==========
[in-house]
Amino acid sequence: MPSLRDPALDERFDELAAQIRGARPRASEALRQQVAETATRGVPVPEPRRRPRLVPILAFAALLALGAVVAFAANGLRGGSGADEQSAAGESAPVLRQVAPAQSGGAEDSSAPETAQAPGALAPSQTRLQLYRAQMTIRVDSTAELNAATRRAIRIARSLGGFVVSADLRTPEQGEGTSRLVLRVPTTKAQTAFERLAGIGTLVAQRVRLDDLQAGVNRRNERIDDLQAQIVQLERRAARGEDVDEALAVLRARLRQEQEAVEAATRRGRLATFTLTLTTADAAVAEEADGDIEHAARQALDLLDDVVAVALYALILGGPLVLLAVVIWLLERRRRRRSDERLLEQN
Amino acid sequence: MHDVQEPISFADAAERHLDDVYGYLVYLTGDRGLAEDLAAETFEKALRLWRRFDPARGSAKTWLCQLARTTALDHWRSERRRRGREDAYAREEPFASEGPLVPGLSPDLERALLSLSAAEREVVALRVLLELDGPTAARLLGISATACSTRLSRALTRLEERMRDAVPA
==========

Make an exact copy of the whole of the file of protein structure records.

[in-house]
Amino acid sequence: MPSLRDPALDERFDELAAQIRGARPRASEALRQQVAETATRGVPVPEPRRRPRLVPILAFAALLALGAVVAFAANGLRGGSGADEQSAAGESAPVLRQVAPAQSGGAEDSSAPETAQAPGALAPSQTRLQLYRAQMTIRVDSTAELNAATRRAIRIARSLGGFVVSADLRTPEQGEGTSRLVLRVPTTKAQTAFERLAGIGTLVAQRVRLDDLQAGVNRRNERIDDLQAQIVQLERRAARGEDVDEALAVLRARLRQEQEAVEAATRRGRLATFTLTLTTADAAVAEEADGDIEHAARQALDLLDDVVAVALYALILGGPLVLLAVVIWLLERRRRRRSDERLLEQN
Amino acid sequence: MHDVQEPISFADAAERHLDDVYGYLVYLTGDRGLAEDLAAETFEKALRLWRRFDPARGSAKTWLCQLARTTALDHWRSERRRRGREDAYAREEPFASEGPLVPGLSPDLERALLSLSAAEREVVALRVLLELDGPTAARLLGISATACSTRLSRALTRLEERMRDAVPA